Low-emission equipment maintenance recommendations

A common question for today’s low emission outdoor power equipment is “Does it require more maintenance?” For the operator concerned with proper equipment maintenance there is little additional work required.

But the operator who bases his maintenance on what he’s done, or more correctly not done, in the past is in for an expensive awakening! He’s gotten away with it up until now, but today’s low-emission engines are far less forgiving and have a narrower margin of tolerance for abuse.

Today’s CARB/EPA engines run at significantly higher operating temperatures. These are “air cooled” engines so to run properly cylinder fins must be free of debris to dissipate the heat of higher operating temperatures.

Equally important is the cooling air intake area. In a typical modern trimmer, for example, this is the area under the crankcase and above the fuel tank. It’s also an area where oil/fuel mix can accumulate if fueled by a careless operator. This sticky mix will combine with debris and effectively plug the intake. Engine temperatures will then rise and the engine will eventually fail. Cleaning cylinder fins and this intake area is critical and must become a regular part of your maintenance procedure!

What is often seen in the above high-temperature scenario is a piston with stuck rings due to oil breakdown and burning onto the surface of the piston. The engine manufacturer is often blamed, but the culprit is the oil. Using modern high-temperature low-emission oil can prevent this failure.

Engine manufacturers are routinely asked “What oil should I use?” Manufacturers cannot require use of our brand of oil, but we can specify and require use of a particular ratio and grade (in this case, JASO FC or FD; ISO EG-D). At the same time, no reputable engine manufacturer is going to offer “bad oil.” There are lots of general purpose oils available, but most are multi-purpose and do not excel in any one area. They are designed to work in a variety of engines and do an acceptable job in average conditions and with lower engine operating temperatures. Very few are certified to carry these JASO and FC ratings.

Oils designed for use in outboards typically do not have additive packages capable of handling some of the operating temperatures encountered with 2-stroke trimmers, chain saws, etc. Unless expressly stated as certified to meet our ISO and JASO ratings, these oils should be avoided.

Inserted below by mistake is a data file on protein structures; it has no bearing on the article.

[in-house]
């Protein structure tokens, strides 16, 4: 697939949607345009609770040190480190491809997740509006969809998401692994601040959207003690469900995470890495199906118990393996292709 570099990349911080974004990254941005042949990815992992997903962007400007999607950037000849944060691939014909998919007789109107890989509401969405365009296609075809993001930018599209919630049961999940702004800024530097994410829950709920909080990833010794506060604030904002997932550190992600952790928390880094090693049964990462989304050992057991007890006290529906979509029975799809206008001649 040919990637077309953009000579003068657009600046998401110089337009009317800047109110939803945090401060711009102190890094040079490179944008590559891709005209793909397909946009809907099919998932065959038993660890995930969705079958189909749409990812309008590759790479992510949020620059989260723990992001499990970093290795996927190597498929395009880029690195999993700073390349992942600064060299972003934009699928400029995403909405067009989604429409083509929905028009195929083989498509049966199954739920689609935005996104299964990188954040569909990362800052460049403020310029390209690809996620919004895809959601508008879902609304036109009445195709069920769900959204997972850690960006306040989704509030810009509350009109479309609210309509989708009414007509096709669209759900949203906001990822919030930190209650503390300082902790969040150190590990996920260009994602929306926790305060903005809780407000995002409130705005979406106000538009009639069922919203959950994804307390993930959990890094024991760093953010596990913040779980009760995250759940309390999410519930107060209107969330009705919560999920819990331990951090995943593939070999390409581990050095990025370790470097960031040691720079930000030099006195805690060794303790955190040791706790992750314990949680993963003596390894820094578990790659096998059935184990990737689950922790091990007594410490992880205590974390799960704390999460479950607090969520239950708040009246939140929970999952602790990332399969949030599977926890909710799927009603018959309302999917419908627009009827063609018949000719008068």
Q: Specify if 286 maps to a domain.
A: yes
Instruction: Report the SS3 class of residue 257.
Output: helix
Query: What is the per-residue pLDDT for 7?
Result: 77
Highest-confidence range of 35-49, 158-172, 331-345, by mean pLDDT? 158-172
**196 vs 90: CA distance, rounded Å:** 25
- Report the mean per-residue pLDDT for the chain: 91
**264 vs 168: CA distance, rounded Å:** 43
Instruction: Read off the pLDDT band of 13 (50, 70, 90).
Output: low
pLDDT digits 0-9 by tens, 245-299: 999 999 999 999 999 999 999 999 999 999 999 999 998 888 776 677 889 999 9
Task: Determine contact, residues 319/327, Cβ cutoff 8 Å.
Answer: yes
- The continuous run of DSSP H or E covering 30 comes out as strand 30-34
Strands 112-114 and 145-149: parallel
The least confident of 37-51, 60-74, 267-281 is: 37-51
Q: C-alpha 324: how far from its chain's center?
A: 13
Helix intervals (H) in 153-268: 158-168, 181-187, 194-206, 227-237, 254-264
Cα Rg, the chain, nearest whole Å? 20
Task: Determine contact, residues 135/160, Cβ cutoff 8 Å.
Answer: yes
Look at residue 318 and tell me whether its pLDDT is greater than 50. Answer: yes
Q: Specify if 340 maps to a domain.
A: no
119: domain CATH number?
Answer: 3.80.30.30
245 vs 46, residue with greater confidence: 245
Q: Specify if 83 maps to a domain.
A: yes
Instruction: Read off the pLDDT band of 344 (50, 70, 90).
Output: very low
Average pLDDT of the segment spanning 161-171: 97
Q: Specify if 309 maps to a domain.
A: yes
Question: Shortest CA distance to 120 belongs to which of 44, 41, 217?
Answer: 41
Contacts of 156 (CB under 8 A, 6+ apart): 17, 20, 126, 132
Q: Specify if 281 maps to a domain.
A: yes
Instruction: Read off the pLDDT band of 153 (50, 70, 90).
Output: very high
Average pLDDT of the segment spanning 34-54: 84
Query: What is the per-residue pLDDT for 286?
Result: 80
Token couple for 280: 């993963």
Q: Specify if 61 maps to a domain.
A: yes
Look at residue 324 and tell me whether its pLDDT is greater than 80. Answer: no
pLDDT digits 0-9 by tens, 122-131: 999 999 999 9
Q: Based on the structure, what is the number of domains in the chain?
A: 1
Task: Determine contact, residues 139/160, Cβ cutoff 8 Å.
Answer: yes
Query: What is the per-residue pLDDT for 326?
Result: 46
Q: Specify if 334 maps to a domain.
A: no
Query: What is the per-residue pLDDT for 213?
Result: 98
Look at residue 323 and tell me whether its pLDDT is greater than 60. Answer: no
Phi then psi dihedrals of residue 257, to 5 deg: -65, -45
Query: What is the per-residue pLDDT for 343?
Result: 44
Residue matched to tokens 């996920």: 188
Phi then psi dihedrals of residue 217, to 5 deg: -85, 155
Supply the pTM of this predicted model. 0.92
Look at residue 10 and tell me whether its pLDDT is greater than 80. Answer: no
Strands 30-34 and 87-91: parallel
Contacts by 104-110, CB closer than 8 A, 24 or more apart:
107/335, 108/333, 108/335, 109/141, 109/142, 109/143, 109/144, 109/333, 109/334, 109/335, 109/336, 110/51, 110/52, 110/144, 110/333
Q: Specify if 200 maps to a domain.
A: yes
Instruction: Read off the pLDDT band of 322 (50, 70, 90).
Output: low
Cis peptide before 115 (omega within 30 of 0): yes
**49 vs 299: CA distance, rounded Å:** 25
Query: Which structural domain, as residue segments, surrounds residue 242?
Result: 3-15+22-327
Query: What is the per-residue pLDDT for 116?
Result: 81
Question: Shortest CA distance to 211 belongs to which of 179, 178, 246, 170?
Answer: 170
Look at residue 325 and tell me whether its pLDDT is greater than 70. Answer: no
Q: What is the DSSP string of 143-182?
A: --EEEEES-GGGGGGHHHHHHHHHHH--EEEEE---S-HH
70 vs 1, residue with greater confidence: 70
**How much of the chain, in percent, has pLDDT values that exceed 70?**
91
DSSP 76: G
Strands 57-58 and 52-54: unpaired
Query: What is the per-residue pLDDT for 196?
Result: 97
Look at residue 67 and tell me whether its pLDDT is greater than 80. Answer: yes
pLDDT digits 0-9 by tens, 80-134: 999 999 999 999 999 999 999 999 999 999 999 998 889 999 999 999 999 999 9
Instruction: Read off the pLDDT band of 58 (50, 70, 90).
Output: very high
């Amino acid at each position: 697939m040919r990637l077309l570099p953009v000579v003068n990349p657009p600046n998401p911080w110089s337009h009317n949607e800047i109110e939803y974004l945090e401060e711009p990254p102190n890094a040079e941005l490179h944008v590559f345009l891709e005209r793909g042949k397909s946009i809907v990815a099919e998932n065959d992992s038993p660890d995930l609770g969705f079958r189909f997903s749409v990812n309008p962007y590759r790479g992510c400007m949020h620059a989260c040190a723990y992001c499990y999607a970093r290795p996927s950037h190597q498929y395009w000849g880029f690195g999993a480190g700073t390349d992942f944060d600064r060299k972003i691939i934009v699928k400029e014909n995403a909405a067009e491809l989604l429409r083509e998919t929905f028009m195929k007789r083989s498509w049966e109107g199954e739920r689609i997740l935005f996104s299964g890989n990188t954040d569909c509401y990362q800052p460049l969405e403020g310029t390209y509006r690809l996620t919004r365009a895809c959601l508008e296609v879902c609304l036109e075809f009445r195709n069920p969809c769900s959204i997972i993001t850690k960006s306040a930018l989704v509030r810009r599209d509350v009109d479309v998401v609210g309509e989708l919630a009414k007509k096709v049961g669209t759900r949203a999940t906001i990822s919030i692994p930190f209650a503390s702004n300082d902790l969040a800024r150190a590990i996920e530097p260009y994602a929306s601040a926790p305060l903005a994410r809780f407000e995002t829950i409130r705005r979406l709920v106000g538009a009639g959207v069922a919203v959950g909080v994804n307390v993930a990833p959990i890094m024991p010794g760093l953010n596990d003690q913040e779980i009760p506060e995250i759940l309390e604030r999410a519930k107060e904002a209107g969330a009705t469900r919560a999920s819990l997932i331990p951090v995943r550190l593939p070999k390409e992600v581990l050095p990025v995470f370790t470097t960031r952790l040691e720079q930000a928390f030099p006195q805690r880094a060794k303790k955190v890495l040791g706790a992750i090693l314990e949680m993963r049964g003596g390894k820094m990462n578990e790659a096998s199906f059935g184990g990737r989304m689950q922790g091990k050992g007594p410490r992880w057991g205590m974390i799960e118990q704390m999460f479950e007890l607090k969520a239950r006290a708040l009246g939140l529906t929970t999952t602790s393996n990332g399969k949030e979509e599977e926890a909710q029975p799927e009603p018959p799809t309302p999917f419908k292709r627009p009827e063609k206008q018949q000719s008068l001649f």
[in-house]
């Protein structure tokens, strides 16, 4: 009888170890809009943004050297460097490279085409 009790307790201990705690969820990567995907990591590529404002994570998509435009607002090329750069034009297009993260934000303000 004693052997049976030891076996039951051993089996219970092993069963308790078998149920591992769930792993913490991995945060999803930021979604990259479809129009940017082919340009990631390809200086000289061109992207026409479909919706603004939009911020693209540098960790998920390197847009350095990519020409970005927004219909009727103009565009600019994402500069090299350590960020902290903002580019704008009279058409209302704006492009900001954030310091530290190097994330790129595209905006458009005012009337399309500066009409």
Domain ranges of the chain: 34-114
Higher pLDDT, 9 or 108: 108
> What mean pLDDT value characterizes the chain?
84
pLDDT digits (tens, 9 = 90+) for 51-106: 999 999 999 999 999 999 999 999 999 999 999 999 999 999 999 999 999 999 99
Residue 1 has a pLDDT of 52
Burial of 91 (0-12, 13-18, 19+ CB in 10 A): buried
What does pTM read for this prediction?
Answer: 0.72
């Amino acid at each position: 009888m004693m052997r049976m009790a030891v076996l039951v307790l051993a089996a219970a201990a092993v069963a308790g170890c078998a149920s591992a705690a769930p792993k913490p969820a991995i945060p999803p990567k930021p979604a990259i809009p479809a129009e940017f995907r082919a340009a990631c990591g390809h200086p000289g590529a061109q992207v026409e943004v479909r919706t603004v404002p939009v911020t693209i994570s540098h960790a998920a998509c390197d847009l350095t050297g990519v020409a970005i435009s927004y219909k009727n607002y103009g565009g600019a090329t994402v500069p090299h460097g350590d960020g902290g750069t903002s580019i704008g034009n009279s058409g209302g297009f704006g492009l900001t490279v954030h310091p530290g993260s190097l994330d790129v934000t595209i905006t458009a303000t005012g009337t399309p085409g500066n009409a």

Selecting spark plugs

Today’s higher engine operating temperatures dictate use of very specific spark plug heat ranges. Years past, you could be two or three heat ranges off with little or no problem. Today, with some high-temperature engines, even one range too hot may be too much. The days of “screws in and starts—must be interchangeable!” are over. Always use the manufacturer’s recommended spark plug heat range. If you must change brands, consult the plug manufacturer’s cross-reference chart for the proper plug number.

One additional point: Do not assume a plug with a given heat range number is the same heat range as a competitor’s with the same number. For example, the higher the number on a Champion spark plug, the hotter the plug. On an NGK, it is the opposite (higher number is cooler). Also, two different plug types that have the same heat range number may not be the same temperature. Always consult the application guide for that particular plug brand. 

One could write a book about all of the fuel changes over the past 15-20 years! It’s not going to get any better in the foreseeable future. The first and a significant concern is fuel shelf life. Over several decades, petroleum refineries have developed more and more exotic processes to extract a higher percentage of gasoline per barrel of crude oil. As the profit is in gasoline, this is where petroleum research has been focused. With this “stretching” of gallons per barrel, there has been a penalty and that is shorter shelf life, especially in hot, humid climates.